Campus Club Spotlight: WUSC

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WUSC sponsors education for international students

JOCELYN DUFRESNE

When David Deng took his seat on his flight enroute to Canada from Kenya, he was presented with a plate of food he had never seen in his life. What turned out to be white beans was the first of many new things Deng would experience over the next four years as a sponsored student at the University of Saskatchewan.

Along with numerous other students, Deng has been sponsored through the U of S’ World University Service Canada Student Refugee Program. This program focuses specifically on empowerment through education. 

WUSC is a Canadian non-profit organization that works towards education, empowerment and employment through partnering with several other non-government organizations around the world. Its head office in Ottawa selects students from a refugee camp in Kenya and places them in local chapters across Canada. 

Faculty advisor Gabriela Mangano explained that “the U of S is part of WUSC and WUSC is a fundamental component of our university. We should not forget that together with Carleton University, we are considered founders of the [Student Refugee Program], being the second university in Canada to open its doors.” 

WUSC provides the opportunity for sponsored students to become Canadian citizens, earn an education, bring their families to Canada or bring their new knowledge and skills back home to support their communities. 

The Student Refugee Program’s goal is to provide education for refugees and an environment for Canadian students to “gain skills and build leadership qualities… which in turn enriches and develops the communities they’re living in, so there is a huge benefit on that side of things,” Jessica Brown, WUSC club president said. “It provides a really unique training program for university students to develop skills they maybe couldn’t elsewhere.”

Brown is confident that WUSC offers a unique combination of factors that make it so successful. 

“WUSC is the only organization in the world that partners education with refugee sponsorship,” she said.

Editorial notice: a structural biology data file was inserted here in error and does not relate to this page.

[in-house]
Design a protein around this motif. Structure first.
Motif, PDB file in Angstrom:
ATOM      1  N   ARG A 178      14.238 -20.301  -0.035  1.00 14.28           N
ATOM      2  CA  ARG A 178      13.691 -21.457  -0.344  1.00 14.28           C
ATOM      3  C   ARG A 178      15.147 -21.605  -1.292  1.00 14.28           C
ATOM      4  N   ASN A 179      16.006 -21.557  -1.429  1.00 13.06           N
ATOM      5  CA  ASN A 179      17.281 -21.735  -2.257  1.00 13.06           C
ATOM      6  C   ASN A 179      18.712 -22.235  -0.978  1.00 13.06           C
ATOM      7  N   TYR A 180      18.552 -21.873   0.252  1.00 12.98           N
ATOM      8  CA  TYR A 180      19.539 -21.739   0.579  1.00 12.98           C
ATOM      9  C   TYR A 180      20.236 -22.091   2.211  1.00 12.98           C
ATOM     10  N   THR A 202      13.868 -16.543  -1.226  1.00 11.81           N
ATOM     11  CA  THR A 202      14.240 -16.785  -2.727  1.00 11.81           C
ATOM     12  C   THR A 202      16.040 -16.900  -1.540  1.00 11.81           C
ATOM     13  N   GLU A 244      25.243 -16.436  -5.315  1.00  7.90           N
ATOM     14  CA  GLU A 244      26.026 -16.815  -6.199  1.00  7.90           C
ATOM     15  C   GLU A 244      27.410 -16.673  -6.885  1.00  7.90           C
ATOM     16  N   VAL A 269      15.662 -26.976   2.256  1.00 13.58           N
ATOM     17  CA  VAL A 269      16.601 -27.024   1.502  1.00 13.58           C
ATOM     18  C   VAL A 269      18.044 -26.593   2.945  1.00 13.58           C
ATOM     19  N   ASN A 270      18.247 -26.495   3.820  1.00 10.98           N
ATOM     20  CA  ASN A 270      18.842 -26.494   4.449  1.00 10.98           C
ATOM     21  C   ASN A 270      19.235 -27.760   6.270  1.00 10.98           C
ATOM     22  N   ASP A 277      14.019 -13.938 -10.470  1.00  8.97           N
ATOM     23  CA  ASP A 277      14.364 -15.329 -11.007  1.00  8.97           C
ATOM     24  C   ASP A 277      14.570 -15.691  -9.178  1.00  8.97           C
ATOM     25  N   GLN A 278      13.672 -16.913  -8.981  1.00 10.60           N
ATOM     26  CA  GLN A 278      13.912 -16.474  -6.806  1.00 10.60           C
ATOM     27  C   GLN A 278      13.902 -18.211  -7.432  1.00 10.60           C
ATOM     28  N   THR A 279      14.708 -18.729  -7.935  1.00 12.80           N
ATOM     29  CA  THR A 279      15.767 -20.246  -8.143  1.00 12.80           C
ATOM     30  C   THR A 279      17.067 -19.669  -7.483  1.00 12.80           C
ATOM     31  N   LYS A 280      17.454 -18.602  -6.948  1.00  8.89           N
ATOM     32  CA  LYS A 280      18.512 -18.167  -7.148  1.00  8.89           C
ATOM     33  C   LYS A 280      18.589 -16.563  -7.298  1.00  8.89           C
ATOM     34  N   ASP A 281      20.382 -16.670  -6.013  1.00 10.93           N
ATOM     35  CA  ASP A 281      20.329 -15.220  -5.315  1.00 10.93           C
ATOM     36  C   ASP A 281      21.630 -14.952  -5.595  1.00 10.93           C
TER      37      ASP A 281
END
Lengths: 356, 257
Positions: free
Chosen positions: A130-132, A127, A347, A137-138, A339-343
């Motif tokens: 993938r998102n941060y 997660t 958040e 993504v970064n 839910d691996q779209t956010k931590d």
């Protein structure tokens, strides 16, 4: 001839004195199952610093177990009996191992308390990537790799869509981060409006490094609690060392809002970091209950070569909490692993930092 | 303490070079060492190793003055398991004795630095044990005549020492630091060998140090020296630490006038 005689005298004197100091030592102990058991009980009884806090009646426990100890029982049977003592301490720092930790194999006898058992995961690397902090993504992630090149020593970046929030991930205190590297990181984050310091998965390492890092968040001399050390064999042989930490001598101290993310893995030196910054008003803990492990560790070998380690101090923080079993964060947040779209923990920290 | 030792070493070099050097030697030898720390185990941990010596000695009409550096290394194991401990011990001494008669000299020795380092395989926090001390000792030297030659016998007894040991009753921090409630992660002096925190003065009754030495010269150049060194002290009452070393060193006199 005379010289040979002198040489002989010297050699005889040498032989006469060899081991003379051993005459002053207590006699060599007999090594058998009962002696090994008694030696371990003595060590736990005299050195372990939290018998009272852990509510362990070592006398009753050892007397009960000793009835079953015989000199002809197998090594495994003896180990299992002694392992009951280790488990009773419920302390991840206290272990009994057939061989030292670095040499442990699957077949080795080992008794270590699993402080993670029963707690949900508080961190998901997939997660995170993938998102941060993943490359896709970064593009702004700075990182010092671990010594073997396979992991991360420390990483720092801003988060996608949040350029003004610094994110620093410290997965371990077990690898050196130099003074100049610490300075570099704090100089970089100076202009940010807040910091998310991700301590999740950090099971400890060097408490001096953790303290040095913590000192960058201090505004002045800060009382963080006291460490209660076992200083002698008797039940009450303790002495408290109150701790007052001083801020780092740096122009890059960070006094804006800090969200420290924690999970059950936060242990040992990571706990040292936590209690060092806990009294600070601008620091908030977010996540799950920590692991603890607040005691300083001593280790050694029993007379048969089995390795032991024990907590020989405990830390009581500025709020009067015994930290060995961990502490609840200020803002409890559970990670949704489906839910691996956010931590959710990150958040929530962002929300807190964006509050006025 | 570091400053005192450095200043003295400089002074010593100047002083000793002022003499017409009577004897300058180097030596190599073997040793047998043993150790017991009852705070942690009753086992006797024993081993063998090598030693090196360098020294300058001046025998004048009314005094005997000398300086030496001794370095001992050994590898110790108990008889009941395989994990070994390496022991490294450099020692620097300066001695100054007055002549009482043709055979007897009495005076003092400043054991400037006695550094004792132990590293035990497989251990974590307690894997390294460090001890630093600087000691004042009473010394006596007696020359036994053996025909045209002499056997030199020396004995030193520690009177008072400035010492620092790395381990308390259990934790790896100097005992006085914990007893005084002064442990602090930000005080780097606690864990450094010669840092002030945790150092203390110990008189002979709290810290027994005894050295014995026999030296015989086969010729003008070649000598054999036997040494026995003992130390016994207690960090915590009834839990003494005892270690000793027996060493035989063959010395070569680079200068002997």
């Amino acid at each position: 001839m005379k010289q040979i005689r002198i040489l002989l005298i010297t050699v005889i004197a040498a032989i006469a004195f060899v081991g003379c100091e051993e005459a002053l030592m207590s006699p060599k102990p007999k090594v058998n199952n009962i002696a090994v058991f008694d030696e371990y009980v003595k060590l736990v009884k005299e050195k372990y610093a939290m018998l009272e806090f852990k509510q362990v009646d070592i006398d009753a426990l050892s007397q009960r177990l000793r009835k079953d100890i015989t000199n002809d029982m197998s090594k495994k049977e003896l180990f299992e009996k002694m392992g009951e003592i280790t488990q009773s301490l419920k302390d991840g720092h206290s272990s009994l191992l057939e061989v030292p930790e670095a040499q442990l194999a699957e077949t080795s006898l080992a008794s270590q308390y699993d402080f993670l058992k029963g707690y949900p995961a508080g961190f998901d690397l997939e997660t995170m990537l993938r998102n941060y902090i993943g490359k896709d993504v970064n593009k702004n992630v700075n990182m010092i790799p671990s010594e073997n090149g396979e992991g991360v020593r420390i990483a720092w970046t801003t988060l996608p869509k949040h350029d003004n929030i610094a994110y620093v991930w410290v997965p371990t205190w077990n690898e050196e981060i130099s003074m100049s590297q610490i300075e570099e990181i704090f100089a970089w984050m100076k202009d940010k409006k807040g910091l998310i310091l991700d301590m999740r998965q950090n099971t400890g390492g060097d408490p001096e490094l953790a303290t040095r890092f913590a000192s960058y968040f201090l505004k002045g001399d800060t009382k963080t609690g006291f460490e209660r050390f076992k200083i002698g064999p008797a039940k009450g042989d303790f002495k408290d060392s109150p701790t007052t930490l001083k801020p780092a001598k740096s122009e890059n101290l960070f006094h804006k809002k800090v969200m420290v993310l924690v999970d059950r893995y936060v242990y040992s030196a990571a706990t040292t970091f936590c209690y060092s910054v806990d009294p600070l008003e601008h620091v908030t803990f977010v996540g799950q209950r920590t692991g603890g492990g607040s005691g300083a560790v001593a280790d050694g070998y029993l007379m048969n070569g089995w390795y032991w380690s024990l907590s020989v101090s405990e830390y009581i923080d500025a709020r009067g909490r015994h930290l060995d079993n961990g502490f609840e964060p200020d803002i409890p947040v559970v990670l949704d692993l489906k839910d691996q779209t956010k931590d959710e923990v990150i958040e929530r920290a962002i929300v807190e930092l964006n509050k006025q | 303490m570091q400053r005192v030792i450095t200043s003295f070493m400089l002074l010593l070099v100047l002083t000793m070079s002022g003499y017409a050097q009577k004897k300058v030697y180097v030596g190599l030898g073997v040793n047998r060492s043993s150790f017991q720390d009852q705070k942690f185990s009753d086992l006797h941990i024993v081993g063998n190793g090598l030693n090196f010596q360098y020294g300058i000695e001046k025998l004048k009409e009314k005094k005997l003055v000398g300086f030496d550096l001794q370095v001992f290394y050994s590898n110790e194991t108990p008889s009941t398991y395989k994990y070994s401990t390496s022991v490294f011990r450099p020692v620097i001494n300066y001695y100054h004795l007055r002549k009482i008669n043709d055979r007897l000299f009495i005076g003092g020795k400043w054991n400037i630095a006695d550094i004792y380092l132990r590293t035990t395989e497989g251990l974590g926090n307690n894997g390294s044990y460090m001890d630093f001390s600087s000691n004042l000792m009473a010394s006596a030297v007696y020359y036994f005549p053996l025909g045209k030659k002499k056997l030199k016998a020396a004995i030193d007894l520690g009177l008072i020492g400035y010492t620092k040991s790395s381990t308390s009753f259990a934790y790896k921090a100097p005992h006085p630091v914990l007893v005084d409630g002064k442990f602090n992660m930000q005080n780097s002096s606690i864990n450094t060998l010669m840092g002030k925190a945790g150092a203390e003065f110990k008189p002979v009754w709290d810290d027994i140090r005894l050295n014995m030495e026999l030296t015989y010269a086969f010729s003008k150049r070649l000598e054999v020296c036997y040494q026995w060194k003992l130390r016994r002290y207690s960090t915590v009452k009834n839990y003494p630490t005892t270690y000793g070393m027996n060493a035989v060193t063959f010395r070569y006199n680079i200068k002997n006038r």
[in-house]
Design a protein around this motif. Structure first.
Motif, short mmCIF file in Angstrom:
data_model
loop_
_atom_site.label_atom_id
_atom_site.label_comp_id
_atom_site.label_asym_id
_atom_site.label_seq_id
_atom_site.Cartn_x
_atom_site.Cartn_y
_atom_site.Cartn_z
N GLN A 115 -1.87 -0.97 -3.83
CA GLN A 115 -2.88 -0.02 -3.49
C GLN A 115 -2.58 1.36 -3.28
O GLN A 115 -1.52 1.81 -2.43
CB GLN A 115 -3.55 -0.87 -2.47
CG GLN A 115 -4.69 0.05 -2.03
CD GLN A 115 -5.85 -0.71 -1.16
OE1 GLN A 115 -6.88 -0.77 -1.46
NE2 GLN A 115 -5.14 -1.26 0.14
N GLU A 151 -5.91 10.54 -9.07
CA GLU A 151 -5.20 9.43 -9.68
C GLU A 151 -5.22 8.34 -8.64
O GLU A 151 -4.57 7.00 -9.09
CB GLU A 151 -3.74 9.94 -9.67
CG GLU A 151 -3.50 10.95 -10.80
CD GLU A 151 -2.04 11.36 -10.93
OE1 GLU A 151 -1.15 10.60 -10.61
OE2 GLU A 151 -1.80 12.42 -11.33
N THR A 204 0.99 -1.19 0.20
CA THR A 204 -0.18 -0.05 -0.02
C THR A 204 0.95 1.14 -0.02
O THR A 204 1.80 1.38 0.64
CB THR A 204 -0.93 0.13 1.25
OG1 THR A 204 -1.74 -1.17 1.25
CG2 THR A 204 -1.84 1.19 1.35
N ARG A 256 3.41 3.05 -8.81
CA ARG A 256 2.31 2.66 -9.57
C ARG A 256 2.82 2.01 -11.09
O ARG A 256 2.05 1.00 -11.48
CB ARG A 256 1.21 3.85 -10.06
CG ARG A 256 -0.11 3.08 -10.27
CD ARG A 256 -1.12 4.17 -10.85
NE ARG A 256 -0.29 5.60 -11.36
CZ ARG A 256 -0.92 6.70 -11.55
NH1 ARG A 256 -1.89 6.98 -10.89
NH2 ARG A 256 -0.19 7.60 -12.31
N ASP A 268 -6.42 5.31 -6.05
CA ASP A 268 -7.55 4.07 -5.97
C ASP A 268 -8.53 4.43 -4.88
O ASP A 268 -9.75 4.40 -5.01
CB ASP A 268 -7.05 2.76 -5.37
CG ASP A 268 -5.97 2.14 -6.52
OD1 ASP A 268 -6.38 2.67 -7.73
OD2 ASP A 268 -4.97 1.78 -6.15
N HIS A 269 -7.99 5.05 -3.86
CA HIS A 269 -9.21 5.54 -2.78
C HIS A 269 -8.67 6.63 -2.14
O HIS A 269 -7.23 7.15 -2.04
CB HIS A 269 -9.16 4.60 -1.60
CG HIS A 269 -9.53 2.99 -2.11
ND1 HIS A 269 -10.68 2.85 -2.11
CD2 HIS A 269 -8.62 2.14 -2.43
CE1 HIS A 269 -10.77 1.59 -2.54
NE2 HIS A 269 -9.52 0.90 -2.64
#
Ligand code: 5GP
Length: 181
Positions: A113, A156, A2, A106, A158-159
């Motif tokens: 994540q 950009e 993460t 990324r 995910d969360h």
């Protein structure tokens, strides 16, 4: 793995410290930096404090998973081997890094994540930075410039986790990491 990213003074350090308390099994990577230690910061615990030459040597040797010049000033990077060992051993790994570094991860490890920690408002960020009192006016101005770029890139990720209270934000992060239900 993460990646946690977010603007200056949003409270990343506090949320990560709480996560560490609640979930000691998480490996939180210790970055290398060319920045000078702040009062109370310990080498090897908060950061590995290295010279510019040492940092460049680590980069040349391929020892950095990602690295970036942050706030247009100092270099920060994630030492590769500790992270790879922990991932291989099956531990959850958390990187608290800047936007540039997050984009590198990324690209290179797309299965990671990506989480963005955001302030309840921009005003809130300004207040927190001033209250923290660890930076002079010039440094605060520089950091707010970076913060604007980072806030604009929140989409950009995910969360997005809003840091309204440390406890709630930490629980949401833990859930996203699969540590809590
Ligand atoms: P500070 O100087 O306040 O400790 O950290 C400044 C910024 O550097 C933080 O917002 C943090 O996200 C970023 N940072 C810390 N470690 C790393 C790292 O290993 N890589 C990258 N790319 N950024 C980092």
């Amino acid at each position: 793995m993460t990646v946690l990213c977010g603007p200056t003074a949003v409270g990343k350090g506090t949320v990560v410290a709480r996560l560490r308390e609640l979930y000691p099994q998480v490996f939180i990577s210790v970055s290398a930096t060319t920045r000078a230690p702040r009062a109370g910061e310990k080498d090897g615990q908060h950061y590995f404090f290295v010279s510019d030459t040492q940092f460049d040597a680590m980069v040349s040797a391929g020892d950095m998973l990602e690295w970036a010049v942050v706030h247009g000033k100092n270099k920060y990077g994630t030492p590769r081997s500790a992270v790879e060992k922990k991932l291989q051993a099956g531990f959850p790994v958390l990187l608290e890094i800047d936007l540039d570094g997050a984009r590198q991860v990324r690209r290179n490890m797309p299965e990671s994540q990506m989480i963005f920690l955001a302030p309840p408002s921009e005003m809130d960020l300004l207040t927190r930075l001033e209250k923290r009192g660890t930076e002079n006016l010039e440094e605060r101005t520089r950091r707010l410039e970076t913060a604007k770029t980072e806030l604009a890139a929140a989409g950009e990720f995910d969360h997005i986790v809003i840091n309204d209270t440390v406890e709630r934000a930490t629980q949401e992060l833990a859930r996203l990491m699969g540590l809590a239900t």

The U of S sponsors three students with tuition for 10 classes during their first year. The students come from countries such as South Sudan, Somalia, Rwanda and the Democratic Republic of the Congo. In addition to the university’s financial support, each undergraduate student pays $3.50 in their tuition to contribute to living expenses and necessities for the sponsored students.

Brown and the other executive club members — including student refugee program mentors Blanchard Kavakwa, Hassan Khalid and Mohamednoor Bain, treasurer Shafalta Basnyat and secretary Stephanie Deptuch — are responsible for facilitating mentorship for sponsored students, volunteer opportunities and a sense of community for the group as a whole. 

WUSC has been present at the university since 1978 and in Canada since the 1920s. The U of S has sponsored over 75 students, some of whom have continued their education here on campus in many areas of study and have earned degrees in fields such as registered nursing and English. One student is currently in the process of publishing his first book, while another has studied petroleum engineering at the University of Regina.

Students can contribute to WUSC by volunteering and attending weekly meetings, held at 5 p.m. every Thursday in the International Student and Study Abroad Centre training room. 

“There are a wealth of things [students] can get involved in, depending on what their interests are. They could work with new and old sponsored students with things like helping them with their homework, helping them apply for student loans,” Brown said. “They could also help them deal with various issues with the university and the Government of Canada.”

The club hosts several community-building and fundraising events during the year, specifically to welcome sponsored students and provide them with a Canadian experience. Students are encouraged to register in the upcoming Ride for Refuge event, a 25 kilometer cycling event to raise awareness and funds for WUSC on Oct. 4. 

Another event, the Shine a Light gala and trivia night, will take place on Feb. 5 at Louis’ Pub, which is also a great opportunity for university students to volunteer. The focus of the night is to spread awareness on the disparity of educational opportunity between females and males and raise funds to provide females with the tools they need in refugee camps to earn the opportunity to come to Canada. 

The club is also in the process of scheduling a trip during the fall semester to Regina to play trampoline dodgeball against the WUSC team from the U of R. All students are welcome to join and show their support.

Mangano said that “this year we have a really extraordinary local committee, completely devoted to our mission and full of enthusiasm. Each of these U of S volunteer students contributes significantly to the program, and they have already done a magnificent job with the preparation and the welcoming of our three new students”.

Students can contact WUSC through their Facebook page (WUSC UofS), online at wusc.usask.ca or by emailing wusc.uofs@usask.ca. 

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